No console launch is perfect, exemplified most recently by both the Xbox One and PlayStation 4, but some of the issues with Microsoft’s latest entry are especially bewildering. If there was a trump card in the last console generation, it was Xbox Live. The social features of the Xbox 360 generally blew the PS3 and the Wii out of the water, but on the Xbox One, Microsoft managed to break something that didn’t need fixing.
In an interview with Engadget, Xbox chief product officer Marc Whitten was upfront about the less-than-positive feedback surrounding some of the changes Microsoft had implemented to a system that everyone was happy with for the past eight years:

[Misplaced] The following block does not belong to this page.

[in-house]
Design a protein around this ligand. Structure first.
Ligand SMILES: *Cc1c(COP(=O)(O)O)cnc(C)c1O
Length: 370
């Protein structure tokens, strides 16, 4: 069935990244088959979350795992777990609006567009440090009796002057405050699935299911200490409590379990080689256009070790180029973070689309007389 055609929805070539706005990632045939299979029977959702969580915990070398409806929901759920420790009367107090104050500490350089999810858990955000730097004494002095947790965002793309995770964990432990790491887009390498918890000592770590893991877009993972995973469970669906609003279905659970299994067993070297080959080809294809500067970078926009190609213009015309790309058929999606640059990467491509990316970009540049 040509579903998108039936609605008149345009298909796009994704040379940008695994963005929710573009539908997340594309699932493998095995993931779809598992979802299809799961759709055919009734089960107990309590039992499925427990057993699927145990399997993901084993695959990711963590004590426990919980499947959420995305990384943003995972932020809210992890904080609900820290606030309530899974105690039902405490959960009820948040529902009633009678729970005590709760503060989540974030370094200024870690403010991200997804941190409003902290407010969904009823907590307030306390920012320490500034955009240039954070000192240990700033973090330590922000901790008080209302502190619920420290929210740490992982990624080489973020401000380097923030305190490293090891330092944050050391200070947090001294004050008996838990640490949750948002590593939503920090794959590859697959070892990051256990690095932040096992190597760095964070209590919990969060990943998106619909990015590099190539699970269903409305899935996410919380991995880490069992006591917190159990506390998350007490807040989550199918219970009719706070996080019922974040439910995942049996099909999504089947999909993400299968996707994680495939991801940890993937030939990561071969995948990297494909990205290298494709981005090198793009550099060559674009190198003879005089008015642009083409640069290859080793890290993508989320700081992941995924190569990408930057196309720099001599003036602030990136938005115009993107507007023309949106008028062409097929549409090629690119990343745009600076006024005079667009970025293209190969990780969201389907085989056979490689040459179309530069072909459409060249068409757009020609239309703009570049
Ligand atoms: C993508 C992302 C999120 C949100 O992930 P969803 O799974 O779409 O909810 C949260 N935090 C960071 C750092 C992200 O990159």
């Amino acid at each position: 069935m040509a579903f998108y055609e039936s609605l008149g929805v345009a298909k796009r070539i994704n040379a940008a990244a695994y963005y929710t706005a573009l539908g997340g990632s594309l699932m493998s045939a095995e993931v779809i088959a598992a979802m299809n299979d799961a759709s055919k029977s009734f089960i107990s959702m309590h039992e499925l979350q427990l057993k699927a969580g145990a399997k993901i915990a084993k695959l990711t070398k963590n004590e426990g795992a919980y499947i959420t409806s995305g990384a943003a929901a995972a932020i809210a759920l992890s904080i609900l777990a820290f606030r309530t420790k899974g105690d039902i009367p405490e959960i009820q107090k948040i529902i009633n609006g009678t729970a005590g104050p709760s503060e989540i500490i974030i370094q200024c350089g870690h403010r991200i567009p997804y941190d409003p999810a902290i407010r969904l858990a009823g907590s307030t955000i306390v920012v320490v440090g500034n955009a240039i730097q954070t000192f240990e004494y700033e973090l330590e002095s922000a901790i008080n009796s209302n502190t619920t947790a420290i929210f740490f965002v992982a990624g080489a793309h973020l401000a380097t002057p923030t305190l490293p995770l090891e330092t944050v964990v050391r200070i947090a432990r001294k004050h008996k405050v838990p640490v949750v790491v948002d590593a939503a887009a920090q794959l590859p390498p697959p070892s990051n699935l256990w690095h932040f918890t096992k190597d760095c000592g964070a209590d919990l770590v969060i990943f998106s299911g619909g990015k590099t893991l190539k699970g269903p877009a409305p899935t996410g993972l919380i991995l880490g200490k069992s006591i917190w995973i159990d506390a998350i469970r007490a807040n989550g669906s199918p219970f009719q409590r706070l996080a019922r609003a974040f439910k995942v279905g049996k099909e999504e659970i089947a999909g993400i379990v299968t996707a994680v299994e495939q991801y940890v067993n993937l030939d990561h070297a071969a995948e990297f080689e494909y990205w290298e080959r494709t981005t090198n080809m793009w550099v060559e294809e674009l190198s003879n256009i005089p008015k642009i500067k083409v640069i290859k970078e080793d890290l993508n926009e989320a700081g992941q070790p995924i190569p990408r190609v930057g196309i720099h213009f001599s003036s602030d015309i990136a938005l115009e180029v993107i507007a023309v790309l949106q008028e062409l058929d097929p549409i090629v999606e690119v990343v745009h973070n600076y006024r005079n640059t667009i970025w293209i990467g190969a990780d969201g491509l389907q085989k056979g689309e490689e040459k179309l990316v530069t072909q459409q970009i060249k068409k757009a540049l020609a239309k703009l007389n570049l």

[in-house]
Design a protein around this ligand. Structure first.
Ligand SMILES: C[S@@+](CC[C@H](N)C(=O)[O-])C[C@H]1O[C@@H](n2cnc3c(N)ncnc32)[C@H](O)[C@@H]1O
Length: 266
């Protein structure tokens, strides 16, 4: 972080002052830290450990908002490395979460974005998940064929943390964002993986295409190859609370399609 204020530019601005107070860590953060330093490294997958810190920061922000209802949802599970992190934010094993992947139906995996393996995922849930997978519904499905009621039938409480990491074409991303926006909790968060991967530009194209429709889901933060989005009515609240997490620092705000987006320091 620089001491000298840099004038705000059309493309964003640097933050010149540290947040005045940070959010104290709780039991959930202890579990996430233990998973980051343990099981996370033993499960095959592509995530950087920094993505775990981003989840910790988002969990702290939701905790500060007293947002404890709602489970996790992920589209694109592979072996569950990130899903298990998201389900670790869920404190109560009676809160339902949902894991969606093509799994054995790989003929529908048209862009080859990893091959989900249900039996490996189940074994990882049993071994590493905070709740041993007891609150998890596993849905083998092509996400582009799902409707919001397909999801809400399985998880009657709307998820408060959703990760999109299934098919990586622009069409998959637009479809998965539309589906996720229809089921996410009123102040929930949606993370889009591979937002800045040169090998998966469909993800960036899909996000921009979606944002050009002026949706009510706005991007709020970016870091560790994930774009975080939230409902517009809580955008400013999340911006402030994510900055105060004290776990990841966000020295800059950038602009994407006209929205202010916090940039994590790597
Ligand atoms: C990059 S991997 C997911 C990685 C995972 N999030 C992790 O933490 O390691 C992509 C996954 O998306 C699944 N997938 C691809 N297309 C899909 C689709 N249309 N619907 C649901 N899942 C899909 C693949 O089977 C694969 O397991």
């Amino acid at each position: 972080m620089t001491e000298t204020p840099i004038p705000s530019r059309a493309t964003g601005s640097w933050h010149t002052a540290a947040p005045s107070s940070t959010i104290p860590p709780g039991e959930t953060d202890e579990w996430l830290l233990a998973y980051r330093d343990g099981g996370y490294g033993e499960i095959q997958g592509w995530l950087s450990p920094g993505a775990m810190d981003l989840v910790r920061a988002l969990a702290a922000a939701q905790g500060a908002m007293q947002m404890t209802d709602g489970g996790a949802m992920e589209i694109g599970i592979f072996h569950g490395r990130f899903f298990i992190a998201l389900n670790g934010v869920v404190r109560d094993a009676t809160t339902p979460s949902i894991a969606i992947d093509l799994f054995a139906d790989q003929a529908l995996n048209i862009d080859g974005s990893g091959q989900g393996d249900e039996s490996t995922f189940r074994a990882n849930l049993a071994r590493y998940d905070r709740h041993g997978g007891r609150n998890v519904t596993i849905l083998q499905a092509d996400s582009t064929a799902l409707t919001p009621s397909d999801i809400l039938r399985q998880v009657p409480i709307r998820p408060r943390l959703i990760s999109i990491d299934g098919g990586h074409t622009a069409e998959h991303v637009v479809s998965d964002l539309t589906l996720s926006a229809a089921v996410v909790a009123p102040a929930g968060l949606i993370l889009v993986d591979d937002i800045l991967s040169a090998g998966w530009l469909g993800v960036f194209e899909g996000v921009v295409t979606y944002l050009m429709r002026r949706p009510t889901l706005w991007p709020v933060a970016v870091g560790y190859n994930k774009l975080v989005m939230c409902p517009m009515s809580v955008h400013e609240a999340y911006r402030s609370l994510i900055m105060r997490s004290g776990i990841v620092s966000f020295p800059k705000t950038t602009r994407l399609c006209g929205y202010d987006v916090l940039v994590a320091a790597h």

“The feedback we’ve gotten is pretty valid; some of the social stuff is hidden or harder to use than it was on the Xbox 360,” said Whitten. “So you’re gonna see us come out with an update where, well, we’re going to fix those things.”
Some of the major complaints have revolved around game invites and the obtuse party chat, which many Xbox One owners have complained are not only far more complicated than their Xbox 360 predecessors, but often fail to work at all. Microsoft has a shaky track record when it comes to interface updates (we’re looking at you, Metro), but the Xbox 360 had very few missteps when it came to usability revisions. Hopefully we can expect the same for the Xbox One.